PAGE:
Syria’s return to the Arab League on May 7th and the arrival of its leader Bashar al-Assad in Jeddah, Saudi Arabia (KSA) sparked a loud yet silent shock across the region. Countless lives have been lost in the war that has also forced millions of Syrians to flee their country out of fear of regime violence, only to see Assad rehabilitated in the end. The questions about why the Arab League chose this path rather than clinging to their former calls for Assad’s resignation under the banner of “he must go” have circulated repeatedly. The answers lie in how Syria’s civil war has affected the region on different levels, starting with the narcotics trade. The League has placed a high priority on stopping this trafficking and expects Damascus’s full cooperation. Assad has assured his Arab counterparts that he is prepared to assist in tackling the drug epidemic. However, can he truly deliver on his promise and is he in a position of real authority to do so?
What are the regime’s connections to the narcotics trade?
According to international sources, including the United Kingdom (UK) government, the Syrian regime is directly involved in the trade of a multi-billion-dollar drug empire with Captagon as its flagship. With the government’s full acknowledgment and sanction, 80 percent of the world’s supply of this highly addictive amphetamine (known as the poor man’s cocaine) is reported to be produced in Syria. One detail highlighted in the UK report is that Bashar al-Assad’s brother, Maher al-Assad, commands a Syrian army division tasked with the responsibility for Captagon production and distribution. The report mentions how, through the utilization of a pro-Assad stronghold in the city of Latakia, Syria exports shipments from the city’s port to global black markets, with most of the supply going to the Gulf.
Local manufacturing sites, both in large- and small-scale facilities, are not limited to Latakia but scattered across Syrian government-supervised areas. According to a Newlines Institute report, production sites can even be found in private properties such as villas and residential compounds. The scale of Syria’s Captagon network extends from the coastal Latakia region to the southern provinces of Daara and Suwayda, close to the border of Jordan.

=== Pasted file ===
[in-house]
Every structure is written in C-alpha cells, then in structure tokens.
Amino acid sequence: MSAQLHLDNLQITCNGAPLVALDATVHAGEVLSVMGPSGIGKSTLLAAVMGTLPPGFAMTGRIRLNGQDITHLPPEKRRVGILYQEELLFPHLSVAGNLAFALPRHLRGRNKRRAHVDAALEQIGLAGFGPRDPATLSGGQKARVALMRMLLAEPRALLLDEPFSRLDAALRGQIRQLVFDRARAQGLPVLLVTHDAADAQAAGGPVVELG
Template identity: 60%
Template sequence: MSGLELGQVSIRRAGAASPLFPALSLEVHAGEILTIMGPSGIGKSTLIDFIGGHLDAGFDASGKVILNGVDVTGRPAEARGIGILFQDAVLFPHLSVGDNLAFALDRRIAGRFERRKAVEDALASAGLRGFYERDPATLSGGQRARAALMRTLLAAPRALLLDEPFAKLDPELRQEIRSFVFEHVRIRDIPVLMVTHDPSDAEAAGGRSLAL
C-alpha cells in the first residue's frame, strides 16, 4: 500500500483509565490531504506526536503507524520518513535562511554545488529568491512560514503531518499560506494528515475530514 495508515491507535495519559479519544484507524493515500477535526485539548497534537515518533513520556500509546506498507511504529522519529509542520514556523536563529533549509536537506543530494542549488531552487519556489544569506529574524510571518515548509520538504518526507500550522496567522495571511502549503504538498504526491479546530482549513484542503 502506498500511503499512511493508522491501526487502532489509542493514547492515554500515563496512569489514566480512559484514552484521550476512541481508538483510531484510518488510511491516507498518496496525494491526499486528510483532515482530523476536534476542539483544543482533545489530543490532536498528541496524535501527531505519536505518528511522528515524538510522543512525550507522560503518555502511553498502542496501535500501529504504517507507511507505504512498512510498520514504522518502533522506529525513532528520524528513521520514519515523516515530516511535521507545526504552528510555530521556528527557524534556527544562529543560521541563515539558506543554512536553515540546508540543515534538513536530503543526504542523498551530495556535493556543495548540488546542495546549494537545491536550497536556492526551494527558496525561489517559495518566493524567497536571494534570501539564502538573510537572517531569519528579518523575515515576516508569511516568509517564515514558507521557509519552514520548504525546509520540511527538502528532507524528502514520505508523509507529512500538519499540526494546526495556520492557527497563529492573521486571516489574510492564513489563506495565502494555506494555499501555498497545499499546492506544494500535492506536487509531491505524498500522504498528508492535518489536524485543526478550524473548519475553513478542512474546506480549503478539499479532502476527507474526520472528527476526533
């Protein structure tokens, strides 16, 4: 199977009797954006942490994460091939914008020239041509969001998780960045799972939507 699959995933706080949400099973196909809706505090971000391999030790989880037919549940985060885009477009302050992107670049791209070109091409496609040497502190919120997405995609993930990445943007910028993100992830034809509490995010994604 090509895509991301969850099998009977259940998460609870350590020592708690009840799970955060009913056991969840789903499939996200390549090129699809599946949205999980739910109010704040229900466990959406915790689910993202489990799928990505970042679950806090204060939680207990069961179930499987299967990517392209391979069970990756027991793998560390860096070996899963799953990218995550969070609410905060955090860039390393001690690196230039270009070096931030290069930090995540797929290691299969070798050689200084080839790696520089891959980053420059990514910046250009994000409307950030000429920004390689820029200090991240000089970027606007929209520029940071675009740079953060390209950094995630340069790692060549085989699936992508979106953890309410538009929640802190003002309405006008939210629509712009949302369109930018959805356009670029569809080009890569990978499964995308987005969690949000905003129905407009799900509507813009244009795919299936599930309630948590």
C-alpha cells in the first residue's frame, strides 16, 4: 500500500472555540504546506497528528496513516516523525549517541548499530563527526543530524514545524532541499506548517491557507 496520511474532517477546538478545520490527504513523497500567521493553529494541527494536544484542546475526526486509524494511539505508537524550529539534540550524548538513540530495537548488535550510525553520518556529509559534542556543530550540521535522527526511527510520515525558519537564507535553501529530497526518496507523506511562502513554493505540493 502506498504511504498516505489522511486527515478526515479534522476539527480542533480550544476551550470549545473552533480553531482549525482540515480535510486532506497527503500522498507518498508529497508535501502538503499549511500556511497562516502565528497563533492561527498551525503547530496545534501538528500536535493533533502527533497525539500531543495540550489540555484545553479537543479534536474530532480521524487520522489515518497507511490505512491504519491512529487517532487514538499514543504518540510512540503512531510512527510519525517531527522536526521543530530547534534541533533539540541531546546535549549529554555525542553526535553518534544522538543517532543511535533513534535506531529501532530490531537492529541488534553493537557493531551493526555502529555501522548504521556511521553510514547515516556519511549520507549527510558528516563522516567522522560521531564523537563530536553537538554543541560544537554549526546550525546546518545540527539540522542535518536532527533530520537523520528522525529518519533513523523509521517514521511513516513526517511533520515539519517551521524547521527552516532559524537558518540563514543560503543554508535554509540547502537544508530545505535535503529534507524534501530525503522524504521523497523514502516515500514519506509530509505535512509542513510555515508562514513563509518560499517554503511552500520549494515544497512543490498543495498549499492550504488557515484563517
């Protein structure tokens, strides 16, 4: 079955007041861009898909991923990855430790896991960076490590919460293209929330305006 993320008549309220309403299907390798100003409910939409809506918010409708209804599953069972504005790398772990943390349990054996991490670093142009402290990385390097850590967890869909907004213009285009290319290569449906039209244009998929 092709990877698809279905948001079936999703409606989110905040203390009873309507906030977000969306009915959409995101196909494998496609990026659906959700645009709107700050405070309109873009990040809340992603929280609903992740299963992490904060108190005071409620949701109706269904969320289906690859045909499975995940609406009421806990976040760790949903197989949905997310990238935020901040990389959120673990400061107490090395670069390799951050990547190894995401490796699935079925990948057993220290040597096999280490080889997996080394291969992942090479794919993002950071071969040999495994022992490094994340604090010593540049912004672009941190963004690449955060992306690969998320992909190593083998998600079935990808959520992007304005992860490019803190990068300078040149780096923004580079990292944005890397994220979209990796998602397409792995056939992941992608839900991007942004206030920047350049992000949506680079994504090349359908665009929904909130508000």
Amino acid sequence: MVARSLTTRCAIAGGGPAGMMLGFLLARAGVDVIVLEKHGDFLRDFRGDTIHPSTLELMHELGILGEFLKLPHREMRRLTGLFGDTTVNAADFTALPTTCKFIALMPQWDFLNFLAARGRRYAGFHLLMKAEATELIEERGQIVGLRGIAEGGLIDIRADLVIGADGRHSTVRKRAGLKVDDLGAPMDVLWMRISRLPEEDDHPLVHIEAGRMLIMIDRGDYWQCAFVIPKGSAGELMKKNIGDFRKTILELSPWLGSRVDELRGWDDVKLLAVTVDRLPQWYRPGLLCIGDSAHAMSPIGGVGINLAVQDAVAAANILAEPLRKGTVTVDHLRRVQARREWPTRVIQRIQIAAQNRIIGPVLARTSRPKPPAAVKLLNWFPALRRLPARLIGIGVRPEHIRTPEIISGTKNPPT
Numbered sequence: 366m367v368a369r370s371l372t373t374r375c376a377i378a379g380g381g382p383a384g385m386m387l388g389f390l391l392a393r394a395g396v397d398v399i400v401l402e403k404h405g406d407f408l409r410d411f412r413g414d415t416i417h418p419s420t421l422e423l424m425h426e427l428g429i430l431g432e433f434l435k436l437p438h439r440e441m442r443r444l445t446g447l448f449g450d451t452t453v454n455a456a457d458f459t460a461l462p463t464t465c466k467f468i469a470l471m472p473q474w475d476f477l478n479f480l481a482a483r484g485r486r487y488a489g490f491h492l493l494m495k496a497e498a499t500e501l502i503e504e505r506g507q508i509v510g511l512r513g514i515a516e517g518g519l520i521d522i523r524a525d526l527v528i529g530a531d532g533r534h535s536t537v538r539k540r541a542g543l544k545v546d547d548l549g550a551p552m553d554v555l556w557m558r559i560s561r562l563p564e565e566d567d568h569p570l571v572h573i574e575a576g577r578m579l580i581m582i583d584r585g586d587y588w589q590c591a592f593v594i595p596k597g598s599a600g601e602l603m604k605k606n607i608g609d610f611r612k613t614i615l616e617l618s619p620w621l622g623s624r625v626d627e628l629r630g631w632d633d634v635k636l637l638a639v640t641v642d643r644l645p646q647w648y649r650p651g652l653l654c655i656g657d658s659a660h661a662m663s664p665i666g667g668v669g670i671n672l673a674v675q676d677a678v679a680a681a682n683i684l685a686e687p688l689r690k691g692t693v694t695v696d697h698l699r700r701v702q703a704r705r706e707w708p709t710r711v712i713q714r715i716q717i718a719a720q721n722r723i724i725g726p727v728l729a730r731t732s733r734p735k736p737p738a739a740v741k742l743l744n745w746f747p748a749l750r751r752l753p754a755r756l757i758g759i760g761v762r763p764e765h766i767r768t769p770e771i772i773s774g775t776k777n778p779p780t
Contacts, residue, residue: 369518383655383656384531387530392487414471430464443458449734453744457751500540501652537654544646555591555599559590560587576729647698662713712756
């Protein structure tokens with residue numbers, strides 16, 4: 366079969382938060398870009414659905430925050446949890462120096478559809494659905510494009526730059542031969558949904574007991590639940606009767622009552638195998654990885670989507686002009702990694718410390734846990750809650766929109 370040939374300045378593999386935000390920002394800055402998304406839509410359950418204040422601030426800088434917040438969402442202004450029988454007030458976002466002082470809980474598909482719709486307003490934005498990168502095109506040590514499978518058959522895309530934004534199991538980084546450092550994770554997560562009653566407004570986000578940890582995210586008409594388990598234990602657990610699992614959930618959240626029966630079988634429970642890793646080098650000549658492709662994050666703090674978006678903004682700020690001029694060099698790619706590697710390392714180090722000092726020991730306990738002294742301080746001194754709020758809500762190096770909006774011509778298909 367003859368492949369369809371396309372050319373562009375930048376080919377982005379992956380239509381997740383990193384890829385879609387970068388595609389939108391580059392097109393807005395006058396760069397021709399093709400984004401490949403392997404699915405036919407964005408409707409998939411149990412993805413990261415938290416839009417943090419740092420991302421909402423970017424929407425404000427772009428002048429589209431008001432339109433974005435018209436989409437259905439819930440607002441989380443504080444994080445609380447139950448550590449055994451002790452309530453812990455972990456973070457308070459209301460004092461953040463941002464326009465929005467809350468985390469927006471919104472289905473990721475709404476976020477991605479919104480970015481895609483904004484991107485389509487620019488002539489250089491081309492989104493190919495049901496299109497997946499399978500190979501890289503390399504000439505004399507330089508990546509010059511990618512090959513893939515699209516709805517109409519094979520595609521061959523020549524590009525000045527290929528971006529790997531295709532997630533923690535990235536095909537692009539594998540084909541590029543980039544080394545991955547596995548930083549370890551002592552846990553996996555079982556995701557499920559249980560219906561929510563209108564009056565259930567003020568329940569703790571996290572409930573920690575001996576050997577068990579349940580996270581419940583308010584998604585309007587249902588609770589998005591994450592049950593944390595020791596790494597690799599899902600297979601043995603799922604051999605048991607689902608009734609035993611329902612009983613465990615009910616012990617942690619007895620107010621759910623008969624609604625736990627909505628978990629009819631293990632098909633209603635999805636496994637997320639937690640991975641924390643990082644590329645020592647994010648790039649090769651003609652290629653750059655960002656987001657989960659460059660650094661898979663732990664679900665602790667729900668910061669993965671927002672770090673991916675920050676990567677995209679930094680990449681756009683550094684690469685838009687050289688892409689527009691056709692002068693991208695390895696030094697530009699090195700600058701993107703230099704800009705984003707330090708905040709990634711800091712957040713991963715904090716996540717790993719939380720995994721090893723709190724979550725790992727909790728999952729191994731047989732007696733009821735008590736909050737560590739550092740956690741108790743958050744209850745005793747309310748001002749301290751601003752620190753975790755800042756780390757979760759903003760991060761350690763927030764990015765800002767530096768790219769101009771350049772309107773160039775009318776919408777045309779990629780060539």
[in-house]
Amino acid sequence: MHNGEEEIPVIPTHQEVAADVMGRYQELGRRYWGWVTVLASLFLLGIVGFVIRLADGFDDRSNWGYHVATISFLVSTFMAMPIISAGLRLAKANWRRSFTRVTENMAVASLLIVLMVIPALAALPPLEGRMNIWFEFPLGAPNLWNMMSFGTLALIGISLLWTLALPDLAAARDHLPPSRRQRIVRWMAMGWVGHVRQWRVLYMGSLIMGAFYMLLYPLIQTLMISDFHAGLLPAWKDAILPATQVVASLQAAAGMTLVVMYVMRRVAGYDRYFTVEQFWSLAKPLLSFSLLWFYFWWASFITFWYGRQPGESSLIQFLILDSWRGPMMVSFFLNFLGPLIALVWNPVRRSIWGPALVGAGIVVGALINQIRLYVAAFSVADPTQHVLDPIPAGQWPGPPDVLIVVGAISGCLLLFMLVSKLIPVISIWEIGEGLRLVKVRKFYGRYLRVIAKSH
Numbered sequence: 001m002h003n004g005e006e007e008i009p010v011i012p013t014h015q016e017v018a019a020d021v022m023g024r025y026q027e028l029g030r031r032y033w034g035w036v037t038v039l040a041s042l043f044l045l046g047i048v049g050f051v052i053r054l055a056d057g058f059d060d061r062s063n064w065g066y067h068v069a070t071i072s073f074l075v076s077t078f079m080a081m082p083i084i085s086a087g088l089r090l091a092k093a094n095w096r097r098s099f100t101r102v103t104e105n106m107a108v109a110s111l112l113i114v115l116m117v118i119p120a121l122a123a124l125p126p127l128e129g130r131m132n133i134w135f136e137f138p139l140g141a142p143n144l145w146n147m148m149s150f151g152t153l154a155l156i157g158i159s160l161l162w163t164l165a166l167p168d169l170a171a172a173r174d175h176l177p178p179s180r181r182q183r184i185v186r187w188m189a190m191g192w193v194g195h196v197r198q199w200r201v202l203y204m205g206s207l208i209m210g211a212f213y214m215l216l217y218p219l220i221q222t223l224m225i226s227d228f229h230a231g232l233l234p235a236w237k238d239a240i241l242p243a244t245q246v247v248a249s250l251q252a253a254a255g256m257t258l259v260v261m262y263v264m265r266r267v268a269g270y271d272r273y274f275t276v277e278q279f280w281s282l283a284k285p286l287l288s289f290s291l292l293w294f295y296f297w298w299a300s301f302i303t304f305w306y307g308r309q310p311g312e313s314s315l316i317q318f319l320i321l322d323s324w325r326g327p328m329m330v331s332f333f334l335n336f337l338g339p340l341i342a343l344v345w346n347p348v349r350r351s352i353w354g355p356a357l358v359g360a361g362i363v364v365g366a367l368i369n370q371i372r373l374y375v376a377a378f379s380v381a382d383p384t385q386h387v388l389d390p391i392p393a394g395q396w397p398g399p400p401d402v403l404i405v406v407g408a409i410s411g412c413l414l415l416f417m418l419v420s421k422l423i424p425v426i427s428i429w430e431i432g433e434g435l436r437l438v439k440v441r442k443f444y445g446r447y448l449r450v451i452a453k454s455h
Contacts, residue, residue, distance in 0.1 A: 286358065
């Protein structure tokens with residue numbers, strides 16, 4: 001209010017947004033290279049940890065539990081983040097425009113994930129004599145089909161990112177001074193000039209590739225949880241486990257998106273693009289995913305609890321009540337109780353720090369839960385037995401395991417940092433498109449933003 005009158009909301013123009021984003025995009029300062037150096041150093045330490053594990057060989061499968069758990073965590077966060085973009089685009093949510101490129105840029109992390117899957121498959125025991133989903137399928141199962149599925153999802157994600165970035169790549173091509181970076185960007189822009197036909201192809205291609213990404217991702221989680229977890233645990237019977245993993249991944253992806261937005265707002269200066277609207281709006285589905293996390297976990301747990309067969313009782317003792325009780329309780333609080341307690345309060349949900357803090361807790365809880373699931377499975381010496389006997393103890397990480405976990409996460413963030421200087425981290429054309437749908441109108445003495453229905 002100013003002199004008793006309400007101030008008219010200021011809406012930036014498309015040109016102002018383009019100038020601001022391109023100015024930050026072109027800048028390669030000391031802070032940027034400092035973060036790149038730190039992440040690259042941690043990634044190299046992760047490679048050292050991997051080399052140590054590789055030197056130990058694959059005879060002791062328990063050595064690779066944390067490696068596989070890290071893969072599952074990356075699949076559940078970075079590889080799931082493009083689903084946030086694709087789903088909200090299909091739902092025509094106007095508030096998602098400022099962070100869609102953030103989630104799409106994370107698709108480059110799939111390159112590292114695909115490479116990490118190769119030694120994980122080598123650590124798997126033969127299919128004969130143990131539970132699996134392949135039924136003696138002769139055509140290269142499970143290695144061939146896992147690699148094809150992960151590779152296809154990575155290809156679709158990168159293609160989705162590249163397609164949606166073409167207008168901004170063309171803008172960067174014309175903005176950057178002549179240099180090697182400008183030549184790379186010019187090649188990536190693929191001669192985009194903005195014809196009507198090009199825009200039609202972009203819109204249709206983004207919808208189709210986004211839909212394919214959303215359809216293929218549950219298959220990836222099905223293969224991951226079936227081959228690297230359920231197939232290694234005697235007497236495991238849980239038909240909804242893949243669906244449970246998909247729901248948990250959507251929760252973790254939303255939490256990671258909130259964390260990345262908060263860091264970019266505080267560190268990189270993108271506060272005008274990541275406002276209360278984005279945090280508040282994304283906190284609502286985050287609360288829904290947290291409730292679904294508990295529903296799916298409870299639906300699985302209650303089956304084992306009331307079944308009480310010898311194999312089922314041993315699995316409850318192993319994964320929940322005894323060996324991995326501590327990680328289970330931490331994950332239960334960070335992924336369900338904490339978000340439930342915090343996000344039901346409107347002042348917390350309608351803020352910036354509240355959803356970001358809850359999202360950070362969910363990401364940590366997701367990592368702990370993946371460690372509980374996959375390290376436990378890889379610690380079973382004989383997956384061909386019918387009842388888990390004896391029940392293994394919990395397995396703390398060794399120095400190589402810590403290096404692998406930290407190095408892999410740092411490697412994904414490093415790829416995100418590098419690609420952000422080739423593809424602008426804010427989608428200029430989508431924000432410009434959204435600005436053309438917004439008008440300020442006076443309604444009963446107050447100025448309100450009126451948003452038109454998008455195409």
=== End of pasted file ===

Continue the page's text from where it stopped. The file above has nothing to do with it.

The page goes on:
The income generated from the trade of Captagon has given Assad and his circle a financial lifeline at a time when Syria’s economy has been destroyed by war, and global trade is limited due to sanctions (particularly from the United States).
Gulf countries like Saudi Arabia have pledged to assist in rebuilding Syria’s economy and have already put an initial figure on the amount of their aid. On May 10th, Bashar al-Assad and Saudi Foreign Minister Faisal bin Farhan met in Syria, where an offer of $4 billion was made as part of a larger proposal under discussion between the two sides. No doubt, drug trafficking came up in the conversation, for Saudi Arabia has the highest number of users of Captagon, which is the first drug of choice among the country’s youth. Consequently, the kingdom is prepared to go a long way to see the drug trade stopped once and for all. Logically it makes sense for Assad to want a chance to build trust with fellow Arab states, especially the KSA. During his trip to Jeddah, the Syrian president said in a speech at the Arab summit that this was a